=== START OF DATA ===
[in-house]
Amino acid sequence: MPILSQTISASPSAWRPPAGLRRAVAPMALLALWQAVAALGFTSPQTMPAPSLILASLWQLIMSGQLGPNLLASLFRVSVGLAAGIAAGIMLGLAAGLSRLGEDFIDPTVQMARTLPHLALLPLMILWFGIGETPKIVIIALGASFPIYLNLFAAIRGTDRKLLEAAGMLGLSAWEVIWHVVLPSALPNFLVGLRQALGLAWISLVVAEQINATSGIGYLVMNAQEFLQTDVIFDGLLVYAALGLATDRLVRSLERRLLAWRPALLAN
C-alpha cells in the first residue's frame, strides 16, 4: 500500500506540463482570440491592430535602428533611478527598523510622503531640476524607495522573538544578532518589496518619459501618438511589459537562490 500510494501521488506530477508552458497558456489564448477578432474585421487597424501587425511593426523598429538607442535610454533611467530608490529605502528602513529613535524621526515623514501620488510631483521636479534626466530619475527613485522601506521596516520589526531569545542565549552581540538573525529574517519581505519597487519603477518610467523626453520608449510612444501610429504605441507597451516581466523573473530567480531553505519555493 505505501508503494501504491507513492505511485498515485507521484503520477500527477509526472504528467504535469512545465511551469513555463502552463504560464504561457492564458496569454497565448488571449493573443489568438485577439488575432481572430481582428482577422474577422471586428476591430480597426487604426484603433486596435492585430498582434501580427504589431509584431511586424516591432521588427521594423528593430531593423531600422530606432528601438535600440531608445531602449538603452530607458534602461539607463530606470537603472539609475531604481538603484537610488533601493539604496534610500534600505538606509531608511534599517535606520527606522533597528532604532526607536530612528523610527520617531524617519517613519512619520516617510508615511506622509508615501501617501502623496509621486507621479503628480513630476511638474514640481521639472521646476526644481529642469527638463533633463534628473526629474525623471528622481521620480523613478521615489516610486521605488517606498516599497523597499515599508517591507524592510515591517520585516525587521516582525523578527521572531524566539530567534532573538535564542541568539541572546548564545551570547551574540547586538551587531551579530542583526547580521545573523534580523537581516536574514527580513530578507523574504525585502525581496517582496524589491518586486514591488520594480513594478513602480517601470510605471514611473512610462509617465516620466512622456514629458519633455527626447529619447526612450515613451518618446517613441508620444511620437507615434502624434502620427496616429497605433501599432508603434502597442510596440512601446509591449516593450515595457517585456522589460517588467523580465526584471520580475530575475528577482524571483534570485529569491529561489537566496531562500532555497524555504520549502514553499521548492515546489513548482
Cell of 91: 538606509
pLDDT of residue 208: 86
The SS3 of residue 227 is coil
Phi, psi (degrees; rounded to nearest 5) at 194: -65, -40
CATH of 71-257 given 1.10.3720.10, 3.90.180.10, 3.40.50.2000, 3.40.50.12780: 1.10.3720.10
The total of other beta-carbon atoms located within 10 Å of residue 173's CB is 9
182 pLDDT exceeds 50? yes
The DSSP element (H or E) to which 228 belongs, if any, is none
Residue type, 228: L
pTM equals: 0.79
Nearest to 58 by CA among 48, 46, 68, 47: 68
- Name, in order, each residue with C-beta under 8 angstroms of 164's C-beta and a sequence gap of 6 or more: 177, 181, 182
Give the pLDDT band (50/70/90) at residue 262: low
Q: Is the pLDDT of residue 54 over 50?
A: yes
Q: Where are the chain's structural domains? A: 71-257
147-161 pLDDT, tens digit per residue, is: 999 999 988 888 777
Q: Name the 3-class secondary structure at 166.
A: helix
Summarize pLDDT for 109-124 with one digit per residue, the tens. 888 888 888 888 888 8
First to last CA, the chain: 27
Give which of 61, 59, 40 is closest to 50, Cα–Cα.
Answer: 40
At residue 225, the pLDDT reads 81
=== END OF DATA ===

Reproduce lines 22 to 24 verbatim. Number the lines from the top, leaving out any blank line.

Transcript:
A: helix
Summarize pLDDT for 109-124 with one digit per residue, the tens. 888 888 888 888 888 8
First to last CA, the chain: 27